This paper presents a novel concept for simulating the ice-floater interaction process. The concept is based on a mathematical model which emphasizes the station-keeping scenario, i.e. when the relative velocity between the floater and the ice is comparatively small. This means that the model is geared towards such applications as dynamic positioning in ice and ice management.
The concept is based on coupling the rigid multibody simulations with the Finite Element Method (FEM) simulations. The rigid multibody simulation is implemented through a physics engine which is used to model the dynamic behaviour of rigid bodies which undergo large translational and rotational displacements (the floater and the ice floes). The FEM is used to simulate the material behaviour of the ice and the fluid, i.e. the ice breaking and the hydrodynamics of the ice floes. Within this framework, the physics engine is responsible for dynamically detecting the contacts between the objects in the calculation domain, and the FEM software is responsible for calculating the contact forces. The concept is applicable for simulations in a three-dimensional space (3D).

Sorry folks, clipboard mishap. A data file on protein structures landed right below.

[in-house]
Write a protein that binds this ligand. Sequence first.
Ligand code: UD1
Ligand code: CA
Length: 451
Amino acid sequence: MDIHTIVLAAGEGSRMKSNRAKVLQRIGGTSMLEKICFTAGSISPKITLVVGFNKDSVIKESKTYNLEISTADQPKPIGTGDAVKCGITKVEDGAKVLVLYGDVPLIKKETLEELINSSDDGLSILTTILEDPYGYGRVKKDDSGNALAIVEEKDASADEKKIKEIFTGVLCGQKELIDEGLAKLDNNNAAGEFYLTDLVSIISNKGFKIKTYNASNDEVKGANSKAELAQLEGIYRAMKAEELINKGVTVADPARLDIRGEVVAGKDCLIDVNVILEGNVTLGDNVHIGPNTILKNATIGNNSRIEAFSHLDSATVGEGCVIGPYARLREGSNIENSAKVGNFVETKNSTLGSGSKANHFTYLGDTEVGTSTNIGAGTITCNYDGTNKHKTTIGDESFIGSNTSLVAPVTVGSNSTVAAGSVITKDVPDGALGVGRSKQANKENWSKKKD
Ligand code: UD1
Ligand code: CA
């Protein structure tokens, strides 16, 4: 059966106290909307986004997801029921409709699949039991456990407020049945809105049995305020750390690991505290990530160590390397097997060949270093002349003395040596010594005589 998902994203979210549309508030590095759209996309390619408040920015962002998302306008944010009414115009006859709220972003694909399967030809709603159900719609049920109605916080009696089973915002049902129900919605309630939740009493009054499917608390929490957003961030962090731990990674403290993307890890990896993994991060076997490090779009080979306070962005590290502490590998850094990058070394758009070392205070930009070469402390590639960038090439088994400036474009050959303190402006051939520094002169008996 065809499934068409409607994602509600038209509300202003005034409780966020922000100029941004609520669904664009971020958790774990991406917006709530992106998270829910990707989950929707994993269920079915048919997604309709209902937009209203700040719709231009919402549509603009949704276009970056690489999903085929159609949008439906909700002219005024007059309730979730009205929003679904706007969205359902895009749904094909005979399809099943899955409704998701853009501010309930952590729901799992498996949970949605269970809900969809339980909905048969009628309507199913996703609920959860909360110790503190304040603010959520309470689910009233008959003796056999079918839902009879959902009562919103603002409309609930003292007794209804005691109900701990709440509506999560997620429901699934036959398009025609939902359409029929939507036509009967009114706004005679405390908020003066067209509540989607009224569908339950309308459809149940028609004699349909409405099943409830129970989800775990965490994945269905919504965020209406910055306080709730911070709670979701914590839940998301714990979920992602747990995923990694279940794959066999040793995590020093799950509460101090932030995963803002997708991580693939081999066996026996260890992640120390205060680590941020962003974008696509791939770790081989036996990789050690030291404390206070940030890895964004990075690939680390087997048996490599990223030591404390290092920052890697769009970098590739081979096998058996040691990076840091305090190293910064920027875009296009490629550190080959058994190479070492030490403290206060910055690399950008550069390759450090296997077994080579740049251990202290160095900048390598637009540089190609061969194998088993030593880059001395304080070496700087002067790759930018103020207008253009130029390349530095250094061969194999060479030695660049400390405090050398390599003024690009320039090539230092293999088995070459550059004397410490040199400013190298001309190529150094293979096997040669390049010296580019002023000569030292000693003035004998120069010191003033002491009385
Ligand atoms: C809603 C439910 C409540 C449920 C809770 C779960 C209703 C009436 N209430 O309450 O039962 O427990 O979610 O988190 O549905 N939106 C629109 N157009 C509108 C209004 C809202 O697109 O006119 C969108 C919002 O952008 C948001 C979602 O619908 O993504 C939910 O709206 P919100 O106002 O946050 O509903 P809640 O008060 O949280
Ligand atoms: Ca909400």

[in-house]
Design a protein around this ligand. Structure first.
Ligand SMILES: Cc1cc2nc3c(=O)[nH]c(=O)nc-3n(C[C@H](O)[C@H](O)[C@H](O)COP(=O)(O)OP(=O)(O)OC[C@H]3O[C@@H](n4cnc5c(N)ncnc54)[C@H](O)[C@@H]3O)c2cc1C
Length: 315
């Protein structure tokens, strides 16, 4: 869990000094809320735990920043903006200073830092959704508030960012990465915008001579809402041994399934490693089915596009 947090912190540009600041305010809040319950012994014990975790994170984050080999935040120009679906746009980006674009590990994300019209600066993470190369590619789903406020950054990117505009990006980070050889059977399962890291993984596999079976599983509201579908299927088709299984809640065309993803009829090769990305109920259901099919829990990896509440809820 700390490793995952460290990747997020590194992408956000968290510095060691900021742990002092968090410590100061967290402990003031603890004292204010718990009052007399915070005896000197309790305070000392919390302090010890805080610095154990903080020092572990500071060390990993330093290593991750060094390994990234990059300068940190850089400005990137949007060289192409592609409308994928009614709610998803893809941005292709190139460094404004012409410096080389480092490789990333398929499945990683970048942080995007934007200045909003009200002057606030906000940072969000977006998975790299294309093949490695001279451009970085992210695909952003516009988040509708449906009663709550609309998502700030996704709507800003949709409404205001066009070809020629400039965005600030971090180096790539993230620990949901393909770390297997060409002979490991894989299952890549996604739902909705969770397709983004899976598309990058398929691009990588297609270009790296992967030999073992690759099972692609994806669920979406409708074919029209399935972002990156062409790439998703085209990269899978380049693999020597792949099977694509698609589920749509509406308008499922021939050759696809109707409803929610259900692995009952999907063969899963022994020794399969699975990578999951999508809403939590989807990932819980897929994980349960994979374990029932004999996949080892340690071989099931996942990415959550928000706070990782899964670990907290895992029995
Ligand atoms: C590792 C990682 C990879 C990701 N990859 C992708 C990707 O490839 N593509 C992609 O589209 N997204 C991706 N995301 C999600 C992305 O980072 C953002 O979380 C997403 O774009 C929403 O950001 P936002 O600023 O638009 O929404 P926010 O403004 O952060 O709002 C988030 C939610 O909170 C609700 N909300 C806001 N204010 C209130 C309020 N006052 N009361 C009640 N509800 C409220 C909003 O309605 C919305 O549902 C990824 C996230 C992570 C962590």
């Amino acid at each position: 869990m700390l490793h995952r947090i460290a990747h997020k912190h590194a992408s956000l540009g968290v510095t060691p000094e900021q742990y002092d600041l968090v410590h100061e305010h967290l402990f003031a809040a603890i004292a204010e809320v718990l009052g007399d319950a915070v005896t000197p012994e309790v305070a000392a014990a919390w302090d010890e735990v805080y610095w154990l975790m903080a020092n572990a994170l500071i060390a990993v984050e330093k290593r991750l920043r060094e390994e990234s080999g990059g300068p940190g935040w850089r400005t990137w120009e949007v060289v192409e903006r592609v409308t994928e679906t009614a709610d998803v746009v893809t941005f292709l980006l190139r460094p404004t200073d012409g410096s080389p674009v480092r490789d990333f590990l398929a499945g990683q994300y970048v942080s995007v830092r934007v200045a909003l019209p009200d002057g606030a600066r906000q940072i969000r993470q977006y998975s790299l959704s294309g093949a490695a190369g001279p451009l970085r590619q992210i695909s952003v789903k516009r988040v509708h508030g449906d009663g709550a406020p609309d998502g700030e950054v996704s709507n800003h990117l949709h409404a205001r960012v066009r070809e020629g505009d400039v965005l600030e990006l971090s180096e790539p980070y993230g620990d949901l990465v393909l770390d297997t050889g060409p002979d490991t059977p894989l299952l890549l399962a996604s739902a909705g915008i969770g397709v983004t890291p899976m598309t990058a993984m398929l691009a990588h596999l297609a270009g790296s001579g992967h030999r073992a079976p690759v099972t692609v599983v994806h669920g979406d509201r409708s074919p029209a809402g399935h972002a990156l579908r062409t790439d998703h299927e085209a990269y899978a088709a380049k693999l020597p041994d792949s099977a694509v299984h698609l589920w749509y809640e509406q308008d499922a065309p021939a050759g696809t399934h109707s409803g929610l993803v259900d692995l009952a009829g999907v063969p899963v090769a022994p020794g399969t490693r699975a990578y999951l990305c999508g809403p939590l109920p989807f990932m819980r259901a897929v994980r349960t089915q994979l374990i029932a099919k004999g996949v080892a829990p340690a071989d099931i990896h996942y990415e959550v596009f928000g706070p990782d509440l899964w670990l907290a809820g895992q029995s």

The model described in this paper is divided into two main parts: the mathematical ice model and the mathematical floater model. The mathematical ice model allows modelling both intact level ice and discontinuous ice within a single framework. However, the primary focus of this paper is placed on modelling the broken ice conditions. A floater is modelled as a rigid body with 6 degrees of freedom, i.e. no deformations of the floater’s hull are allowed. Nevertheless, the hydrodynamics of the floater and the ice is considered within the outlined model.
The presented approach allows implementing realistic, high fidelity 3D simulations of the ice-fluid-structure interaction process.